Here is My Question:
If Tysabri is working... does it stop inflammation? If I were to go off Tysabri would the inflammation process start up again? I have been on Tysabri for 8 years without any active lesions or signs of inflammation. Some doctors say that if there is no inflammation then the MS has transitioned to progressive - no inflammation. Isnt and that what Tysabri is suppose to do is to stop progression; hence inflammation? Thank you in advance for answering my questions.
Tysabri works by making more difficult for migration of the immune system from the periphery into the brain and spinal cord. This is likely why it works so well in reducing new relapses of multiple sclerosis, new lesion formation on the MRI, and mitigates disease progression. I would be careful not to say that is "stops" progression. In fact, the ASCEND study (Tysabri in secondary progressive multiple sclerosis) did not show it is better than placebo during this phase of the disease. The progressive phase of multiple sclerosis, in part, is independent of inflammation. This is an area of research where we need to learn more and develop other therapies targeted to the degenerative phase.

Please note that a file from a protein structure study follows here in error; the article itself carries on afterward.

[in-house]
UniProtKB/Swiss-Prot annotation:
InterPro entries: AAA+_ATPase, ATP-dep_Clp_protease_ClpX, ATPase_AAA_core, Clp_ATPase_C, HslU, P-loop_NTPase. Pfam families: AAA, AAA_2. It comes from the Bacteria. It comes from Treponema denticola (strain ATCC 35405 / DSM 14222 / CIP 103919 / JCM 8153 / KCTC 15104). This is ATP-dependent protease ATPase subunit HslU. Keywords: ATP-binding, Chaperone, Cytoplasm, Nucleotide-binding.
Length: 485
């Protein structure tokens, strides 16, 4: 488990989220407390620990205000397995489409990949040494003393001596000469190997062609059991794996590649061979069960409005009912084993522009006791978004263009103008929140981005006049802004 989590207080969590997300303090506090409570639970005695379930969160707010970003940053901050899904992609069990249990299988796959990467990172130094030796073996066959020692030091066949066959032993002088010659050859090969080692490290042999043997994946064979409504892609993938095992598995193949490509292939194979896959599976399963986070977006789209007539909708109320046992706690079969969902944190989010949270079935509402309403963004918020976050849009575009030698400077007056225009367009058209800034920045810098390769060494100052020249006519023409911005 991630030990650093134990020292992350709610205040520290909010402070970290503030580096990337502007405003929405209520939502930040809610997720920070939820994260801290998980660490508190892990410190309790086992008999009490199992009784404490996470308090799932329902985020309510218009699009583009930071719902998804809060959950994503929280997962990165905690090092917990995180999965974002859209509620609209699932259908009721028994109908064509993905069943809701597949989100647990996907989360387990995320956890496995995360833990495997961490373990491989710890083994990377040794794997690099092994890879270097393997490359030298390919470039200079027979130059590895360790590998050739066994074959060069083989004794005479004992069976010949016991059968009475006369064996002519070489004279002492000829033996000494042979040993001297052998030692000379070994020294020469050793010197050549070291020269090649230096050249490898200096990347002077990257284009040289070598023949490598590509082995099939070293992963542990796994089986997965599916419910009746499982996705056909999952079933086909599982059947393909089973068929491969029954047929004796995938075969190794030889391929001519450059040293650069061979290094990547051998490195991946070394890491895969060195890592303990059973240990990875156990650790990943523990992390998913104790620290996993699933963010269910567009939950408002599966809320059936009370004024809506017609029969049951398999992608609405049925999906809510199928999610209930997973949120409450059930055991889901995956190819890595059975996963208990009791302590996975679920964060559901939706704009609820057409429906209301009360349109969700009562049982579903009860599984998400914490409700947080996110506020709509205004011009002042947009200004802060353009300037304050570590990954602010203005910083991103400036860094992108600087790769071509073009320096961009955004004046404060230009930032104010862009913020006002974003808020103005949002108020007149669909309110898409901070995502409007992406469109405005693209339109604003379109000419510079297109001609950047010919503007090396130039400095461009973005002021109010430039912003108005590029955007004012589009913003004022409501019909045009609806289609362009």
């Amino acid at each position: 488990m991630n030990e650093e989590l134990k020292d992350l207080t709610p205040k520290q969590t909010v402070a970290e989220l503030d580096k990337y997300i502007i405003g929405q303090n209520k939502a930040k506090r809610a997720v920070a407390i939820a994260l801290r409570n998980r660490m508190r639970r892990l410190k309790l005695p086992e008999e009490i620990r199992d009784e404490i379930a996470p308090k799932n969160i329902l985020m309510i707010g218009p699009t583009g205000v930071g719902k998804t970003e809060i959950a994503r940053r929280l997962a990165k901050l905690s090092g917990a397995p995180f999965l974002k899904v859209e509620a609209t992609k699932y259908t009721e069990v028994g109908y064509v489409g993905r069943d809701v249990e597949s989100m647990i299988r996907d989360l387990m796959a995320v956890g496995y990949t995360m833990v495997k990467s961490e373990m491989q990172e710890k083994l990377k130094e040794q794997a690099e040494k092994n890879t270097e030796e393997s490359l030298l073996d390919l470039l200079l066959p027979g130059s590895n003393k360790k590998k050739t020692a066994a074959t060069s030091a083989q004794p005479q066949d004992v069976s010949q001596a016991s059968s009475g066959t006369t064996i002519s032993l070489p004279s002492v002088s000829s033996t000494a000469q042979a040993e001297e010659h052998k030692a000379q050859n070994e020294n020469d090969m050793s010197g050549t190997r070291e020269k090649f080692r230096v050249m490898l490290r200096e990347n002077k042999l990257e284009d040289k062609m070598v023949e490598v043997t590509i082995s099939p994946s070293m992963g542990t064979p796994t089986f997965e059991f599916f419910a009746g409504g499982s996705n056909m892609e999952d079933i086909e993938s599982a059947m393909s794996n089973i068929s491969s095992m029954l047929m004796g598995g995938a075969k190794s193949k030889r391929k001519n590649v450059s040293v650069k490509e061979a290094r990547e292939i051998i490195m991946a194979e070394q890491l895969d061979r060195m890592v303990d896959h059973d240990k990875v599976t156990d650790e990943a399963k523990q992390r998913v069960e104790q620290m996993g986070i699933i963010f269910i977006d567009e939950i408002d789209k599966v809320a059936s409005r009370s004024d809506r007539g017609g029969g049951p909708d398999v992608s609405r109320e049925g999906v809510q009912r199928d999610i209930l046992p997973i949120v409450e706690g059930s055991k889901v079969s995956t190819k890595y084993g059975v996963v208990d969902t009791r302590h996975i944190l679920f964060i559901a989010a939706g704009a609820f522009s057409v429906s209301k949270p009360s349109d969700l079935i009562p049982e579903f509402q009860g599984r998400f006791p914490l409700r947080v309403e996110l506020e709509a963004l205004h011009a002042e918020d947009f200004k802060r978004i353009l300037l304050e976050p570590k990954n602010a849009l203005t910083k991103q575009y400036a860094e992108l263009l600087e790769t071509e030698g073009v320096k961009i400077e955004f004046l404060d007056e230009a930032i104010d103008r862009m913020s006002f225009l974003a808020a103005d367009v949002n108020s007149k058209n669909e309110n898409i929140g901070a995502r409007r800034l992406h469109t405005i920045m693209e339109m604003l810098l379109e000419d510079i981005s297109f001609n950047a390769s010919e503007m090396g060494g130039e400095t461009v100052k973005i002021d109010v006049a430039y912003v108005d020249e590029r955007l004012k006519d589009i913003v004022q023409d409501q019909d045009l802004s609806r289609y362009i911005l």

I would also add that since tysabri works so well, I wouldn't read too much into your experience of disease stability and coming to the conclusion that you must be in a progressive phase. Progression is measured clinically with objective metrics such as walking speed, cognitive testing, hand dexterity tests, strength, etc.
To answer your first question, the RESTORE study noted that there is roughly a 50% chance of having recurrence of disease activity after stopping tysabri. I have seen cases of this that can be quite disabling. When ever I contemplate taking a patient off tysabri, I get them on a bridging medication to lessen the chances of rebound inflammation. There is evidence that rituximab and gilenya can help in this regard. I have found good results with rituxan and tecfidera in getting patients off tysabri safely.
A. Scott Nielsen MD MMSc
Neurologist and MS Specialist at Kaiser Permanente
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